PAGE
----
The Kansas judicial branch was awarded $1.6 million from the state's Federal Coronavirus Emergency Supplemental Funding Program to help pay for technology improvements that will provide broader digital access to justice and allow courts to conduct more operations remotely.
The grant will help pay for:
- remote technology equipment and software, including mobile hot spots, cell phones and service plans, laptop and tablet computers, computer accessories, webcams, printers, and software;
- videoconferencing and virtual private network licenses;
- a new web portal to allow people to seek protection orders without visiting a courthouse;
- public access computer terminals to allow self-represented litigants access to virtual court proceedings; and
- a centralized email system to allow the secure transmission of court-related documents, data, and messages.
"The grant comes at a critical time, and it will help us accelerate modernizing Kansas courts," said Chief Justice Marla Luckert. "We’ve been working to digitize and centralize case processing the last several years, often with limited resources. Despite our progress, the COVID-19 pandemic quickly showed us how much more needs to be done."
The judicial branch mandates electronic filing for attorneys and is implementing a statewide centralized case management system that will be used by all state courts. But until recently nearly all court proceedings and services still required in-person meetings.
The pandemic forced courts to respond quickly. The immediate challenge was shifting to virtual court proceedings and equipping court staff to work remotely. Lack of technology was one challenge. Judges and court staff also had to develop new remote processes that met statutory and constitutional requirements and then help attorneys, parties, and the public adapt to them.
Court resources vary widely among the state's 105 counties. The state pays for judicial branch salaries, but operating costs of district courts fall to individual counties. Some county governments robustly support court technology infrastructure, but others do not have the resources to do so. In addition, more than half of the state's courts serve rural areas, where reliable internet service is sometimes unavailable.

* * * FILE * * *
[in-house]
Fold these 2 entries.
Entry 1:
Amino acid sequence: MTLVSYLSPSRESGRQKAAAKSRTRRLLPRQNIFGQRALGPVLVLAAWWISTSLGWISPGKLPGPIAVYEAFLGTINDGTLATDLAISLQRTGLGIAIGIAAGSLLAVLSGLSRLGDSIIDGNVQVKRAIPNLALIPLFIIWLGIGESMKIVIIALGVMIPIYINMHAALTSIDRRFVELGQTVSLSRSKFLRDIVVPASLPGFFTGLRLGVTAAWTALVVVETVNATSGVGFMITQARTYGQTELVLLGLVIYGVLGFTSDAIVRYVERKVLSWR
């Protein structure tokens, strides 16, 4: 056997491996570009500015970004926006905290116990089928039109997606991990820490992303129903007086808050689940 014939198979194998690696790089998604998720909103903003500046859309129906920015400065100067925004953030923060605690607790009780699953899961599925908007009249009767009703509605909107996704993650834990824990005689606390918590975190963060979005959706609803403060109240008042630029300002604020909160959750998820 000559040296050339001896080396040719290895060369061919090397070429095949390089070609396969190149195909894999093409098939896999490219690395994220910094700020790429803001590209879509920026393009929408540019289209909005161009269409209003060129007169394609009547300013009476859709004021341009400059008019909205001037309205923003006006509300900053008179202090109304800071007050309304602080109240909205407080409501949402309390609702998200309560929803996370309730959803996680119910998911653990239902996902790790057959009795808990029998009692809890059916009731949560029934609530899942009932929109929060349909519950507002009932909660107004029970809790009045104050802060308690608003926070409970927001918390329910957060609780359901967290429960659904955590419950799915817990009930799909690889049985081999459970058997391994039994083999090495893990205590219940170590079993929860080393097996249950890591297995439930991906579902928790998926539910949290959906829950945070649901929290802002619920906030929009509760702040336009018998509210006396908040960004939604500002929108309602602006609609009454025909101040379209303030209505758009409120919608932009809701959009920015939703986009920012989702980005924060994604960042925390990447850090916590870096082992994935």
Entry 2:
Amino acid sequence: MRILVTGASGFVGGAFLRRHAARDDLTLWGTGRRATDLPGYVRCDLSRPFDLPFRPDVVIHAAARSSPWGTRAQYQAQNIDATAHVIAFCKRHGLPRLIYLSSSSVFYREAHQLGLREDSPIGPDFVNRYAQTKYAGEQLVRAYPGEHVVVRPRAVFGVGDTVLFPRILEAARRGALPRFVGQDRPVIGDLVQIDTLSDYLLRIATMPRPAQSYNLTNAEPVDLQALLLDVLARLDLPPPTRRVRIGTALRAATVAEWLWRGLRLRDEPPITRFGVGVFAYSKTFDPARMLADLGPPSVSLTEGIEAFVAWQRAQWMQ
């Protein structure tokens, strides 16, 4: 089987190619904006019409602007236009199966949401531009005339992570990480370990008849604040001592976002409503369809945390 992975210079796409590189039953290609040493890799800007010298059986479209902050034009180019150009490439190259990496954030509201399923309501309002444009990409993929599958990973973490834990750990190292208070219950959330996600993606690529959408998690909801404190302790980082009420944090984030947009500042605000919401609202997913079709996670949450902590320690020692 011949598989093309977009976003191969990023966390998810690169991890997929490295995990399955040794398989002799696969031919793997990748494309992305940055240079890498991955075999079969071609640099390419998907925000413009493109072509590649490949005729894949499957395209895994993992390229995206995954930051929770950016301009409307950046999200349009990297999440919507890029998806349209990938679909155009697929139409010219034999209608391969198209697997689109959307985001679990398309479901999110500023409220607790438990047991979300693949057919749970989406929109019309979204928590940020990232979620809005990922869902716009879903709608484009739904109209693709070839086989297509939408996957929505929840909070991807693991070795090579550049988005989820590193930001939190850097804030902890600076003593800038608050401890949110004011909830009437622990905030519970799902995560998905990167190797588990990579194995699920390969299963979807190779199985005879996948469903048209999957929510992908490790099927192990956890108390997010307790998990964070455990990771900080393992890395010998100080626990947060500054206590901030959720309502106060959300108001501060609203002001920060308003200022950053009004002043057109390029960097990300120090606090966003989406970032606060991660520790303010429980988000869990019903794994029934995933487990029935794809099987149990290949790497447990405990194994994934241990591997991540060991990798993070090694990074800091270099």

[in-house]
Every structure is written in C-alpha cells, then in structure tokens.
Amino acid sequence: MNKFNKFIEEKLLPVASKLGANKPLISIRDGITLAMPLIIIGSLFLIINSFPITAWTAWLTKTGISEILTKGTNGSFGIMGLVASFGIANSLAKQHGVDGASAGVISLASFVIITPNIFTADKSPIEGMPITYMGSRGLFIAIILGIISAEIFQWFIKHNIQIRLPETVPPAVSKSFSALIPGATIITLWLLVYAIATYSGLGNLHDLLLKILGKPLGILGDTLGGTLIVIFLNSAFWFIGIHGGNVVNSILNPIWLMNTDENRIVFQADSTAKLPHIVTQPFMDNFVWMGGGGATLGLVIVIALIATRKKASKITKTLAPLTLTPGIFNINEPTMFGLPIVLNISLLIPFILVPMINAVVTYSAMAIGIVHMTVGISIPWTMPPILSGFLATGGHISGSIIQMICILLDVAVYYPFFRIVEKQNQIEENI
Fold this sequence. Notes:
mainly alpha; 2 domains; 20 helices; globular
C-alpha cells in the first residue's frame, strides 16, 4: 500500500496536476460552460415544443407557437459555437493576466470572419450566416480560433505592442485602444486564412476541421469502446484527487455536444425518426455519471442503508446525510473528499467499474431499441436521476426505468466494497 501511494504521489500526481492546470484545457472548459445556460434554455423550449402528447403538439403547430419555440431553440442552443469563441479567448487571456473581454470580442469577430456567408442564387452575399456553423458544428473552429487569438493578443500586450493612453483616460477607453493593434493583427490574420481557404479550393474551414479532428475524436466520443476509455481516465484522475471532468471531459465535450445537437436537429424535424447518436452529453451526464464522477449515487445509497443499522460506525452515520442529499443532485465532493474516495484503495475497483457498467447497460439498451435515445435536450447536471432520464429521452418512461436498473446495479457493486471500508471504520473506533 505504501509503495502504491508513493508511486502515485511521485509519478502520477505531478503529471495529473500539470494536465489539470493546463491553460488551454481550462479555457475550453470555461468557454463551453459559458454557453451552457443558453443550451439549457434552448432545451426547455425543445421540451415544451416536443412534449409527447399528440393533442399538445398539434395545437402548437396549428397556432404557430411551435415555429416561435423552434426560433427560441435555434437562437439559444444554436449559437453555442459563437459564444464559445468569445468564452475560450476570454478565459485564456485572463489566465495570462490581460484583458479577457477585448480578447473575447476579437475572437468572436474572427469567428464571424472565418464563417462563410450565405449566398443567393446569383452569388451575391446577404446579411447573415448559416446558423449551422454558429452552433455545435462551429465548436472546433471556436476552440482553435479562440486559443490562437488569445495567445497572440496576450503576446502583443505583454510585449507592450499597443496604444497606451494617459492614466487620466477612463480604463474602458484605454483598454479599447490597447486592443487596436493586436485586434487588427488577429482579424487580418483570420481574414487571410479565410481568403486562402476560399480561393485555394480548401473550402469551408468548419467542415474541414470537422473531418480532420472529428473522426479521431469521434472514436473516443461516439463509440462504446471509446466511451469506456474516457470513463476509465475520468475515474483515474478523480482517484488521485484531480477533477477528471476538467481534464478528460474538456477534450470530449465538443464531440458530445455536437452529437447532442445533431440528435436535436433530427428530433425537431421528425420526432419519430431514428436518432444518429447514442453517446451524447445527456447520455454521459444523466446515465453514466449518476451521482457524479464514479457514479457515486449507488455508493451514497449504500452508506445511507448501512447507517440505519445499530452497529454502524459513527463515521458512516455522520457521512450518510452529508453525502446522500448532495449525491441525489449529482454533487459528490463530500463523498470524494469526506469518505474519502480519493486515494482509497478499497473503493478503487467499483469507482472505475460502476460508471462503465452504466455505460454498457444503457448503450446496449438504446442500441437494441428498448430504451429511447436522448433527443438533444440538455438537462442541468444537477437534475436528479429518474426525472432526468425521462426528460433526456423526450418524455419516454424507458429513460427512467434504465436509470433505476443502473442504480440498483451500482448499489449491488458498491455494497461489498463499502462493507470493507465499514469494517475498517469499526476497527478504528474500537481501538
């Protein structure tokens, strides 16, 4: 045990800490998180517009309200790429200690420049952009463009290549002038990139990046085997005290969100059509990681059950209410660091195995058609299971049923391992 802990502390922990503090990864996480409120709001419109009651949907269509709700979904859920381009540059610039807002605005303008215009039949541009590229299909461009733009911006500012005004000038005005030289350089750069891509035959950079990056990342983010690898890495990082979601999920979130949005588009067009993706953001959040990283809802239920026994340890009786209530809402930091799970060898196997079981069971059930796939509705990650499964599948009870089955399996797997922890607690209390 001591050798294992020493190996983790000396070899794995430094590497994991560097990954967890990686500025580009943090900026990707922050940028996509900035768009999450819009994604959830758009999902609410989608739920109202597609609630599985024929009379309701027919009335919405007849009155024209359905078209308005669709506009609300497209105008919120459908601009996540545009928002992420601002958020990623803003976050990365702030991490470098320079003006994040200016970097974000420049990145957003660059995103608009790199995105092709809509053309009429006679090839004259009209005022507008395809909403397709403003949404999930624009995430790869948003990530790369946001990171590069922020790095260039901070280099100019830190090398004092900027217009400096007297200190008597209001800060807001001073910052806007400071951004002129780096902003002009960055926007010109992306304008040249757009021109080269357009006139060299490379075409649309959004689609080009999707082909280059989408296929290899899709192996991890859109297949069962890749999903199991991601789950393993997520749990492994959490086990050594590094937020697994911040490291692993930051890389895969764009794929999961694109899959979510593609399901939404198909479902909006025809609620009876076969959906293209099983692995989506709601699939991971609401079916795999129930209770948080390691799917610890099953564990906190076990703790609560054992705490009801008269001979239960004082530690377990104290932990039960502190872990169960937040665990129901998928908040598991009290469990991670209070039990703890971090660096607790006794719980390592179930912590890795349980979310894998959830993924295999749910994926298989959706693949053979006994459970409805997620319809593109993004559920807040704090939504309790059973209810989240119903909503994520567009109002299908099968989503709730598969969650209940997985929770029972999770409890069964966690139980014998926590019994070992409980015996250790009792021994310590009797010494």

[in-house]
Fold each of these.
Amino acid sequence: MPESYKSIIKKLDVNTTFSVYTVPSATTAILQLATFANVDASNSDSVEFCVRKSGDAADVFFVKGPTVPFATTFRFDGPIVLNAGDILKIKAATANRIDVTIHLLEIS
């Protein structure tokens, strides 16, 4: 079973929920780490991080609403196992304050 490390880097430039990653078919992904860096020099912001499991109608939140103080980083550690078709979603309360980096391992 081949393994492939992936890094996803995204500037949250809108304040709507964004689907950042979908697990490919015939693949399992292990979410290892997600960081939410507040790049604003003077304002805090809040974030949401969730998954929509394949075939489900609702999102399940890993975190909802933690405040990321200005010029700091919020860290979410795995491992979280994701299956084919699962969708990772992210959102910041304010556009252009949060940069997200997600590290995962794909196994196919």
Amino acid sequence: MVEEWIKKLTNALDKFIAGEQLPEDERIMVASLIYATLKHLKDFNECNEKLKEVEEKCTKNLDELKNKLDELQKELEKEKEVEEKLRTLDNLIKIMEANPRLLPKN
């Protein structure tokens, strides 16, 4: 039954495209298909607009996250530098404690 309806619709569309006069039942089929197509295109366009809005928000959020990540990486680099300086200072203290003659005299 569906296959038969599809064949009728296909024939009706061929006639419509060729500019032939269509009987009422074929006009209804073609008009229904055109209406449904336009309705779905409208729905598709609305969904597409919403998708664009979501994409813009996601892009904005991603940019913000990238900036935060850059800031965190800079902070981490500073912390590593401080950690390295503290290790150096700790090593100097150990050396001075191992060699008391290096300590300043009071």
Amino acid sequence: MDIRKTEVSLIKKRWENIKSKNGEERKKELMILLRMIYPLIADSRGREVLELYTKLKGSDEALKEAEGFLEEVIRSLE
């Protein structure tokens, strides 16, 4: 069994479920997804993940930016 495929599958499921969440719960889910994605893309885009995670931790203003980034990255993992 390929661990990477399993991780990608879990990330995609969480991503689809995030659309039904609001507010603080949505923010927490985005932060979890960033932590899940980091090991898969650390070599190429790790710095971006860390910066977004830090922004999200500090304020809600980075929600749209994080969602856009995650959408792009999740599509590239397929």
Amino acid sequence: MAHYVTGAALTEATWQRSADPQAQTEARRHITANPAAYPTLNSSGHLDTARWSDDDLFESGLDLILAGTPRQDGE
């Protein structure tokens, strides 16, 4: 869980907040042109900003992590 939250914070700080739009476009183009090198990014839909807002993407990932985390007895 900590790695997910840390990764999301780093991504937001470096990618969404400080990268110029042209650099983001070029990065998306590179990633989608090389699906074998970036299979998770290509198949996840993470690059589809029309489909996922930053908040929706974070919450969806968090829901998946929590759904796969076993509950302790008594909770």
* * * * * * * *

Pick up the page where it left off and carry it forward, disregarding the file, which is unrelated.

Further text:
Some courts were able to adapt to the new challenges more quickly because they had the resources. Others need additional support, which the grant funding provides in part.
Remote technology equipment and software
District courts require technology and software to process cases remotely and for most or all district court staff to telework. The grant will help courts pay for computers, cell phones, mobile hot spots, and other technology and software needs.
Branch-wide Zoom license and VPN access
The Office of Judicial Administration negotiated a statewide enterprise license option with Zoom for court videoconferencing. It will provide a Zoom account for every judge and each courthouse. It also covers virtual private network (VPN) licenses that allow teleworking personnel to access the judicial network.
Web portal to file for protective orders
The pandemic emphasized the judicial branch's dependence on paper-based, in-person processes for some court users and some case types, such as requests for orders of protection from abuse, stalking, sexual assault, or human trafficking.
The grant will help pay to create a scalable, accessible, and mobile-friendly web portal where a person seeking a protection order is guided through an online interview and the answers are used to populate forms a judge will review before granting an order.
People who need these orders will no longer have to visit the courthouse in person to file the required paperwork, a process that places these vulnerable individuals at risk.
Courthouse computer terminals for self-represented litigants
Grant money will allow courts to place computer terminals in courthouses or other public facilities and dedicate them to self-represented litigants who do not have equipment or internet access to appear for remote proceedings.
Centralized email service
A centralized email service for all judicial branch personnel will allow the secure transmission of court-related documents, data, and communications between district courts and centralized judicial staff in the Office of Judicial Administration.
Other funding resources
The state grant money will enhance other funding sources the judicial branch is using to modernize court services. The Kansas Supreme Court and the Office of Judicial Administration recently devoted about $750,000 in Court Improvement Program grant funds and fee funds to help district courts upgrade technology. However, that funding is insufficient to meet all district court needs.
The judicial branch continues to pursue other grant funding opportunities to strengthen digital access to justice and remote operations.